Movable Type and Editing

For every writer there is a wonderful moment you look forward to. It is when you finally finish your first novel. The delight of writing ‘The End’ and knowing that it’s done! The joy! The chance now to send it to friends to read and to publishers to publish! All that will immediately happen.

Sadly, that isn’t what happens. The hard truth is that when you ‘finish’ your novel, all you’ve really done is finish your first draft. Which will lead to editing and revisions and possibly major rewrites. And that will give you your second draft. This can go on many times. This is before you try to publish it…

You could, feasibly, blame 15th century Johannesburg Gutenberg (for more about him read this page online for all this heartache. Why? Because he invented the first movable type press in Europe and that led to mass printing, newspapers, books and so on. In many ways he could be looked upon as a hero, but others might say that printing has its demons and I don’t think I’m alone in feeling that editing is one of those. 

Fortunately, there are lots of ways to improve how you edit your written masterpiece. You can read books about it, of which there are many, but they won’t give you another pair of eyes to weed out mistakes.

Another option is to do a course. I myself attended an online zoom class with Ella Micheler, an editor/translator/publisher via The National Centre of Writing to get some tips. Ella was very friendly and good at explaining the different elements behind getting a manuscript print ready.

After going though the basics of what editing must be done before a manuscript can go to an agent or publisher, we then considered how after the basic proofreading your script will then need more complicated editing. The sort that requires experienced editors to make it work. I’m talking about Conceptual Editing and Developmental Editing and Structural Editing. If you want more information on these take a look at this blog by Reedsy explaining them.

If this sounds complicated, I think it is. Especially if you aren’t trained or have years of experience. Which is why, if you don’t have an agent or publisher already in place, it might be time to pay to get your work professionally edited.

What I’ve learned from doing two degrees and many fiction writing courses of different time durations, is that there’s a whole lot of editing to do before any your written work is finished. And especially if it’s a novel to be printed. Which is absolutely the correct thing to do. Even if your novel isn’t printed onto paper (as many aren’t these days) and exists instead as a Ebook online, no one wants to read a story that is full of mistakes.


NaNoWriMo or not? And was Jack Kerouac doing a similar thing…

Jack Kerouac (Photo: Wiki Commons)

Jack Kerouac became famous for writing his iconic novel, On the Road, while living on Benzedrine, coffee and pea soup (made by his wife Joan) on a road trip over thirty days. He wrote on one long sheet of paper, using tracing paper he’d cut to size for his typewriter and then taped together so he wouldn’t have to slow down for more paper. Although it was ‘“spontaneous writing”, he had planned some of it in advance, something people trying to copy him might not have realised. After editing it, and I can only imagine how difficult that was, it was published in 1957 and became a cult, “Beat Generation” hit.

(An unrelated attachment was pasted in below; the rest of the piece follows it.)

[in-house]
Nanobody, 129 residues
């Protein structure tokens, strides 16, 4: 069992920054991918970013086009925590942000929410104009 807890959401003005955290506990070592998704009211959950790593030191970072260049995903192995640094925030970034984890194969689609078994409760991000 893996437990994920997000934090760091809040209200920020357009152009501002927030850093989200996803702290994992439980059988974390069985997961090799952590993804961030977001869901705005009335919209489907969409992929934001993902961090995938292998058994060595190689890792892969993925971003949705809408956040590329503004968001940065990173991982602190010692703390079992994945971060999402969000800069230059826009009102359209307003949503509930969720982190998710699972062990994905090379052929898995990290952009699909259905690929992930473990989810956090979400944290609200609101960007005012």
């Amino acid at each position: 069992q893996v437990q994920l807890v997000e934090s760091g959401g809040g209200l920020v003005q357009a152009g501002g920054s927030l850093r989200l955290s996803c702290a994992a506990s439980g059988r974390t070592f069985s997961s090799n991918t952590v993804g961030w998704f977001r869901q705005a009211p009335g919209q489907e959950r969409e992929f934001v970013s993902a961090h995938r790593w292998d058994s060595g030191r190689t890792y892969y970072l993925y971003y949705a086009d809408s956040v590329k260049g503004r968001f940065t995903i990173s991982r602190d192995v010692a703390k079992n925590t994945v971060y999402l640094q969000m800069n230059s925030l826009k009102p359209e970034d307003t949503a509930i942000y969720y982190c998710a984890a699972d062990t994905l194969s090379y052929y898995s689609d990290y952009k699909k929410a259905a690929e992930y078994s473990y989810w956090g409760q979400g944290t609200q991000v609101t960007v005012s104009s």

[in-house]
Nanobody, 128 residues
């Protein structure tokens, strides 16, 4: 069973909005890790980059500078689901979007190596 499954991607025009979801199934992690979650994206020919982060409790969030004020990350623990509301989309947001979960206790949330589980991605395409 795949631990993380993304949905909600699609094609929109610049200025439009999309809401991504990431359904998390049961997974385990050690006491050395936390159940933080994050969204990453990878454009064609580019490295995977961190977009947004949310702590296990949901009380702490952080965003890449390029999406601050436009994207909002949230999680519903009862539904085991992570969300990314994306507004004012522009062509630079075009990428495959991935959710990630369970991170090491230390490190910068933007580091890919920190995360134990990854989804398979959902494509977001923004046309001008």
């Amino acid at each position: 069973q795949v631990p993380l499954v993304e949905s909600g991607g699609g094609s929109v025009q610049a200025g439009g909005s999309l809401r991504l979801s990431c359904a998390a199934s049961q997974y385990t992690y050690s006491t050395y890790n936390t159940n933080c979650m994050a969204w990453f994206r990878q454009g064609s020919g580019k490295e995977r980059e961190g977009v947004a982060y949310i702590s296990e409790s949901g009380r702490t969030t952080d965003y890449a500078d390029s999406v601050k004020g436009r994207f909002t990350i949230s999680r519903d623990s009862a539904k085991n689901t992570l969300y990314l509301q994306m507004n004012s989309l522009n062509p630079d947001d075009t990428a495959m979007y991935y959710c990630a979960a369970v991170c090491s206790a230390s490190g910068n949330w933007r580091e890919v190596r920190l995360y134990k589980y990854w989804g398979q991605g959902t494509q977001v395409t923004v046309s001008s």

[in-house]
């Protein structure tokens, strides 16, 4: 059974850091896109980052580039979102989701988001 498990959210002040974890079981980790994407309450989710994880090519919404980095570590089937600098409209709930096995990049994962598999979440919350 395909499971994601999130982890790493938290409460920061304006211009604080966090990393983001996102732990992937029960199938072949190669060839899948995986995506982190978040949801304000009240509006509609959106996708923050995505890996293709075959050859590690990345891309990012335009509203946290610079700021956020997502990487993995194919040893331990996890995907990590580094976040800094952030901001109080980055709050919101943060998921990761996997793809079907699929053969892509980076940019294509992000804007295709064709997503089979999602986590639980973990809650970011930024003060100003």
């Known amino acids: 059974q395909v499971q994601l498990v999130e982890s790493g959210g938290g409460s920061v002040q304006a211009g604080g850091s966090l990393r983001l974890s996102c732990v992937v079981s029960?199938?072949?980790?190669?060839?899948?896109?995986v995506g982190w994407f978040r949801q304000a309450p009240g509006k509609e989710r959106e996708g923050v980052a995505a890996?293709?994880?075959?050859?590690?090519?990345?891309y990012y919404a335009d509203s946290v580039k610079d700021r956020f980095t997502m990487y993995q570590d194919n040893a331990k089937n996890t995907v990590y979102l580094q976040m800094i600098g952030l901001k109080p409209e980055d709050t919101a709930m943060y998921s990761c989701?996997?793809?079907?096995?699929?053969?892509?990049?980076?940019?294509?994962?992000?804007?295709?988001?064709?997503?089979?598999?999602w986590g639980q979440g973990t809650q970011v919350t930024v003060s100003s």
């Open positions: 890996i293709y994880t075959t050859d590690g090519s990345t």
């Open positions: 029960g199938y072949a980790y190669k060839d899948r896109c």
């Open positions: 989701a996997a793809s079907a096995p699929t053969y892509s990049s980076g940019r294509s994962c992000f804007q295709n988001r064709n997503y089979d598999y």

Being able to write in the same circumstances in such a short space of time as Kerouac did appears exciting, radical and dangerous. However, writing a book in a limited amount of time is not as unusual as you might think. Many successful novelists have systems that help them plan and finish books in a similar amount of time. Authors like Arthur Conan Doyle with A Study in Scarlet, the first Sherlock Holmes mystery, was written in three weeks and weighs in at 43,625 words!

But for the less practised or less successful writer, the possibility of managing that can feel impossible. With this in mind, and for reasons still not entirely clear to me, this year, (blame the pandemic) I decided to do NaNoWriMo. If you don’t know what that is, check out the website for a full explanation. Basically, you write every day for the month of November to create a novel of 50,000 words.

Does it have to be 50K words? Well, that’s the idea, though others say it’s as long as you want. Others say it’s an excellent method to ensure you write every day. Getting into the habit of putting words on the page is always good if you profess to be a writer.

Before I started, I followed the ‘preptober’ guidelines (i.e. planning your novel in October)- all available on various websites online. My favourite was an American one on the blog, which had fun downloads and lots of encouragement. I really enjoyed this method as I did the same planning with the novel I wrote, SuperRecogniser (now in the editing phase). I like to know where I’m potentially going with a story and be able to change what I’d thought I’d write and then go off in a different direction. I did a bit of that in Super Recogniser and see that I’ve been doing it in my NaNoWriMo work. Which makes it fun!

The most interesting thing I’ve found about having a deadline every day for your personal writing is that you are more pushy about getting uninterrupted writing time. Which is a good thing. Other people take your writing time more seriously and because of this, so do you.